On Sept. 20, Maryville College will be joining the Global Climate Strike, an international movement of workers and students demanding action to prevent further global warming and climate change. Maryville College students will be leaving class to walk from the Clayton Center parking lot at 11:30 a.m. to New Providence Presbyterian Church.
There, various speakers from the University of Tennessee and other local institutions will be sharing information and their views on climate change. American Sign Language interpretation will be provided.
Climate change and the debate over its legitimacy has been a prevalent issue for decades. Although the Earth’s climate has and will naturally change throughout history, the rate at which our current climate is changing is alarming to many.
According to NASA, the “current warming trend is of particular significance because most of it is extremely likely (greater than 95 percent probability) to be the result of human activity since the mid-20th century and proceeding at a rate that is unprecedented over decades to millennia.”
Climate change activists around the world participate in events such as the Global Climate Strike in efforts to slow the human activity producing such vast effects on the climate.
“I think it’s really important to stand up to this issue because it’s not necessarily just a political issue, it’s also a mortality and humanity issue,” said Maryville College freshman and head organizer of the walk-out, Donia Lehman. “If we don’t do something—if our youth doesn’t get informed on this—then who’s going to take up action? Who’s going to do their part?”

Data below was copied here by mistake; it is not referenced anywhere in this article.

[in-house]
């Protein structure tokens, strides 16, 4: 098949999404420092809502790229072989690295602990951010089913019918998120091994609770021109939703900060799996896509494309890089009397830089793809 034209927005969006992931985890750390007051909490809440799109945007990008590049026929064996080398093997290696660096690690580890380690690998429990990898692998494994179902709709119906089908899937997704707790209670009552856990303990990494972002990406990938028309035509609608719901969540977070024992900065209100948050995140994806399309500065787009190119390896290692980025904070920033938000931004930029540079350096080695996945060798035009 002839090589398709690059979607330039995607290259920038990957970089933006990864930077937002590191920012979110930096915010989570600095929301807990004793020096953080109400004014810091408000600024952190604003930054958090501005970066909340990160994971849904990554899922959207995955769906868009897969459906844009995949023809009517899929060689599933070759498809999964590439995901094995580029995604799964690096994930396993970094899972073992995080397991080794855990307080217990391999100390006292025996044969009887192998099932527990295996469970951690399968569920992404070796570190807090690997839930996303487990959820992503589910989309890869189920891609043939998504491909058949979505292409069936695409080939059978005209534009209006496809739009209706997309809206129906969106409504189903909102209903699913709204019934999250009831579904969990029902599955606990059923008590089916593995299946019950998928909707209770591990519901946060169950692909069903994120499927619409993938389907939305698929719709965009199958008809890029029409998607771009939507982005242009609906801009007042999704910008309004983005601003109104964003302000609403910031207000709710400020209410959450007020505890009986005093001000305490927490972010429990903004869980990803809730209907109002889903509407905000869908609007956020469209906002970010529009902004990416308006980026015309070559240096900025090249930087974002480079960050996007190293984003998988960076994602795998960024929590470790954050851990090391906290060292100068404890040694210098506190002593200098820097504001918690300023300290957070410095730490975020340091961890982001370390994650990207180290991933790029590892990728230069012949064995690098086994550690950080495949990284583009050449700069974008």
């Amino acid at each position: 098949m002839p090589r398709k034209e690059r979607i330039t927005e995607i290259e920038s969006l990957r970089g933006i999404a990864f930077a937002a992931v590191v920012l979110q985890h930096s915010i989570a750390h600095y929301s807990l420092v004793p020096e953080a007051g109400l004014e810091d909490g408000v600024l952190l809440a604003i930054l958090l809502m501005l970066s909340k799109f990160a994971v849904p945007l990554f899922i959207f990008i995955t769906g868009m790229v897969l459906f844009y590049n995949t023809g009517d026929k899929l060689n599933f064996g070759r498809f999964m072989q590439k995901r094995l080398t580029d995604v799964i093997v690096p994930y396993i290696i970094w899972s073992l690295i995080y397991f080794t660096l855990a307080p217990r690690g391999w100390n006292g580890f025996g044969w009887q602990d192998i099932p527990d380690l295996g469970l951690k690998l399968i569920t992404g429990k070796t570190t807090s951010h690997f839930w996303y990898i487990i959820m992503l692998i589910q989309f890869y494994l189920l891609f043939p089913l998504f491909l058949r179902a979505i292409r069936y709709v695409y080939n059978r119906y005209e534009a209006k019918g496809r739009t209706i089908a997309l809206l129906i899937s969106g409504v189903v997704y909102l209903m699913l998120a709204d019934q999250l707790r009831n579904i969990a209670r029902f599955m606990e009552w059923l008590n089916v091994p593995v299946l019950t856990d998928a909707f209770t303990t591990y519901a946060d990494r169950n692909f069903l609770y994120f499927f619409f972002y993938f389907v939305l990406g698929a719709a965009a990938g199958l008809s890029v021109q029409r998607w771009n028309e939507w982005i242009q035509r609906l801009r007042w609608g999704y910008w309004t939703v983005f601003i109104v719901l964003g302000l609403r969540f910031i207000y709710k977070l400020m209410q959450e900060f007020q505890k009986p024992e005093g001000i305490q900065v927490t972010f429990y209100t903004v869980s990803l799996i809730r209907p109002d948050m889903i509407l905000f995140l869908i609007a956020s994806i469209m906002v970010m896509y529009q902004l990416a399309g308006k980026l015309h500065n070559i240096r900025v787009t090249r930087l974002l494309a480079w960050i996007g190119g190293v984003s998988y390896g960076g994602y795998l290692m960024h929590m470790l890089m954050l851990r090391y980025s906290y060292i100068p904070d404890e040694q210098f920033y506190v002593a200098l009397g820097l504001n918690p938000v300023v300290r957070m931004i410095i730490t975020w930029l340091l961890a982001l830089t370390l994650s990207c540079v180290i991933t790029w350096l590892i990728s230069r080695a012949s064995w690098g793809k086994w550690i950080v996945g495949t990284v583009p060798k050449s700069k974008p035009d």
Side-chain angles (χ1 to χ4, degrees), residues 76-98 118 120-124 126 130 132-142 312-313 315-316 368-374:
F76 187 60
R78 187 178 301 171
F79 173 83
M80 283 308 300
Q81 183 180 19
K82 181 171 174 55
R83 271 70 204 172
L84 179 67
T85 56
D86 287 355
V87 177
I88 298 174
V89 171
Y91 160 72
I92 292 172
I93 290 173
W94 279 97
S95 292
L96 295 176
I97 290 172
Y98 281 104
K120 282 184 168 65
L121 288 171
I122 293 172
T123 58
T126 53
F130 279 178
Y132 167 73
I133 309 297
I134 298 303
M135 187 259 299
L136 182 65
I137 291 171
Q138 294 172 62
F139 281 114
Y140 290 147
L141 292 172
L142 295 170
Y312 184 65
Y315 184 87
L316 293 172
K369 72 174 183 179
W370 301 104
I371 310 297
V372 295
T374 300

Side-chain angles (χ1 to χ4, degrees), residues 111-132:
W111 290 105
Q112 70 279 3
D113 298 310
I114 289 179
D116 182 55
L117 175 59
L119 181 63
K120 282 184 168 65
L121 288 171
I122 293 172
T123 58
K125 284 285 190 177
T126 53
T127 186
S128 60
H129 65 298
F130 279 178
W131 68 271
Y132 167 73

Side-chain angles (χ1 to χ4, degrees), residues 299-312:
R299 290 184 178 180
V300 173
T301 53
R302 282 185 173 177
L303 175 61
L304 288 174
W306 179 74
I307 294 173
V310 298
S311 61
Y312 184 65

Because climate change has become a point of contention, many political candidates use climate change as a tool to gain voters. In part, the Maryville College climate change walk-out event hopes to gain the attention of political candidates who may be tuning in.
“I feel like if the people want [climate change justice] and if we have enough people to do it, then senators are going to start thinking, ‘Oh yeah, this is what the people want,” said Lehman. “We could get someone elected that’s actually going to make a change.”
“We can’t change things all on our own, but I really hope that we can start changing the minds of politicians and senators trying to get elected.” In the spirit of “doing good on the largest possible scale,” Lehman addressed the need to leave the world better than we found it.
“It’s not only affecting our generation but the ones that come after us too. It’s really important that we make sure we leave this planet as perfect as we can,” Lehman said.
The Global Climate Strike is officially happening between Sept. 20 and 27, but the organization encourages everyone to take action in efforts to reduce the effects of climate change all year round. For more information about international Global Climate Strike events and on how to get involved, visit globalclimatestrike.net.